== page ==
Ever wanted to visit the palace of dreams that is Pinewood Studios?
The Pinewood Group is to create ‘Screen Hub UK’ with an investment approaching £450m at the Buckinghamshire lot outside of London. With the plans to create 3.5k new jobs, at least £230m into local economies and £125m into the tourism industry, the new expansion, and plans land at a precarious point in the ever-precarious history of British film production. Production has resumed at Pinewood on the likes of Jurassic World – Dominion and recent productions include Marvel’s Morbius and The Eternals, a new BBC television version of Pinewood classic Black Narcissus starring Gemma Arterton and Diana Rigg, the 25th Bond bullet No Time to Die and the forthcoming Kenobi series for Disney+ starring Ewan McGregor.
Screen Hub UK plans to be based on a new 77 acre site to the adjacent south of the existing film studio and expands upon the new East Gate expansion – which now includes Skyfall Avenue, Michael G. Wilson Road, Tim Burton Road, Stan Lee Road, Warwick Davis Avenue, Meryl Street (no word of a lie!), Lucas Avenue and The Roger Moore Stage – a development that has doubled the capacity of the world famous soundstages and secured production for a studio not always historically able to claim long-term business security.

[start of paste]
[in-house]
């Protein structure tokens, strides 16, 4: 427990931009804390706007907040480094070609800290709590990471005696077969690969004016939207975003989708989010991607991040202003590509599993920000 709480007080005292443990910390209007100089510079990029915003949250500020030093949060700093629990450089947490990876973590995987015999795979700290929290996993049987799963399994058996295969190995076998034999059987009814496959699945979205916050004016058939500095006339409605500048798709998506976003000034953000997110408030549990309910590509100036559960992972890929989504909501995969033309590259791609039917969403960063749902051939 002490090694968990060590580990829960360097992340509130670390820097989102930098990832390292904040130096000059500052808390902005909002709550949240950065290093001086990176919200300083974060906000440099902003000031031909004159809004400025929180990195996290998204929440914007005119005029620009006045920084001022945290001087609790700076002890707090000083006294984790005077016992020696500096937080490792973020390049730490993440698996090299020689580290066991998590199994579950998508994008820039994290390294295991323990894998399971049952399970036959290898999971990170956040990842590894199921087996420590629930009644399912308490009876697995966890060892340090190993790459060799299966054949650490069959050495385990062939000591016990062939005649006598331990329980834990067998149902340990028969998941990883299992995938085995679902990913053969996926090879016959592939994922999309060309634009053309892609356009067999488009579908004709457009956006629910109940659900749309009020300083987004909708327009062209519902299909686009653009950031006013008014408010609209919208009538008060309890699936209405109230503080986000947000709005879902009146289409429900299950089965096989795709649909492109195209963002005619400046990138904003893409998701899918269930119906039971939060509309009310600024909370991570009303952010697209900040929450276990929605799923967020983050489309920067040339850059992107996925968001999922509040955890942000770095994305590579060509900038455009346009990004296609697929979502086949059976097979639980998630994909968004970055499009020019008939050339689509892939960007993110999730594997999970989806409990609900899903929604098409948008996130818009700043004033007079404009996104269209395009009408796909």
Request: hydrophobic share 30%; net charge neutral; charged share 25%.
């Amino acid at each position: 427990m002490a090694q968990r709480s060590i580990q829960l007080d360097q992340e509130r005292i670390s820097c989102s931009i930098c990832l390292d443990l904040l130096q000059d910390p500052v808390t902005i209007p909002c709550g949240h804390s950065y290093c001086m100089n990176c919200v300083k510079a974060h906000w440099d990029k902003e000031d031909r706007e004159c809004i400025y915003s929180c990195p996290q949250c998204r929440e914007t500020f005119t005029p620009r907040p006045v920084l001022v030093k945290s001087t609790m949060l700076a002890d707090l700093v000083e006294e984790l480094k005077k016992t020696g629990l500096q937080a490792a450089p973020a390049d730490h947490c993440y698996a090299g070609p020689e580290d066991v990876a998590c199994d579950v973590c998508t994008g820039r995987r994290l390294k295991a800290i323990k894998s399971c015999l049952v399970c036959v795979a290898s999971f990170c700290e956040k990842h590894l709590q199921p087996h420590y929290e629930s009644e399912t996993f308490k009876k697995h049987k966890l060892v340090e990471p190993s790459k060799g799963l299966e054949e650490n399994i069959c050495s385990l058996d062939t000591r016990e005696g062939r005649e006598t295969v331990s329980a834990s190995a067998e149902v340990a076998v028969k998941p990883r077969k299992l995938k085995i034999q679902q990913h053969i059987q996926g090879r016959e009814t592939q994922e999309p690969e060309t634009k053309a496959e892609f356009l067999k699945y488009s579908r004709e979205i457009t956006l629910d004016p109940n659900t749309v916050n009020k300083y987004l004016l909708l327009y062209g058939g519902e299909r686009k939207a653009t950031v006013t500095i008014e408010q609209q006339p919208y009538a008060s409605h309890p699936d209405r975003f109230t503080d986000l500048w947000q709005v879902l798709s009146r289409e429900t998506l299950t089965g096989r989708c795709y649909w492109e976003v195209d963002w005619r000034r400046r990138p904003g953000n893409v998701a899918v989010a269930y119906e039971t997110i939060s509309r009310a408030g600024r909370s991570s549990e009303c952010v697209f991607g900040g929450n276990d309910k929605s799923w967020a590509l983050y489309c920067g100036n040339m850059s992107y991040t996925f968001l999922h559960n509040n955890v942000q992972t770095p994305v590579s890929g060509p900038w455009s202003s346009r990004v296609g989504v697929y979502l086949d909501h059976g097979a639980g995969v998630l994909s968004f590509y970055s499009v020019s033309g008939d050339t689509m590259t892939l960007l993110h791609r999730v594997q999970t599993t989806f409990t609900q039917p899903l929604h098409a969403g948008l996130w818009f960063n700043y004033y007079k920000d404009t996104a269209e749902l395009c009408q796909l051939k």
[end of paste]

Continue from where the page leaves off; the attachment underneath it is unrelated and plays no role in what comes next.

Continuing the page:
Alongside the Screen Hub UK will be further new production facilities, education, training and skills centres, a creative industries business growth hub, a green campus and perhaps the one announcement movie fans will be most curious about – the Pinewood Studio Experience. Billed as a ‘film inspired international visitor attraction’, the Experience will link up to some new production facilities, finally allow fans to visit the famed site, boost local economies whilst stressing this is not a theme park as such. There will be no tourist water rides with an Aston Martin DB5 coming out of the water for a tourist photo op, yet this bullet catching Bond fan does imagine a gift shop for all those Pinewood Studios tea-towels and fridge magnets.
The Pinewood Group will also be expanding the nearby Shepperton Studios – the new UK home of streaming service, Netflix – with a 1 million square foot development at both sites and a final shared tally of 29 new soundstages. The plans will now be put out to public, local council, governmental, stakeholder and investor consultation.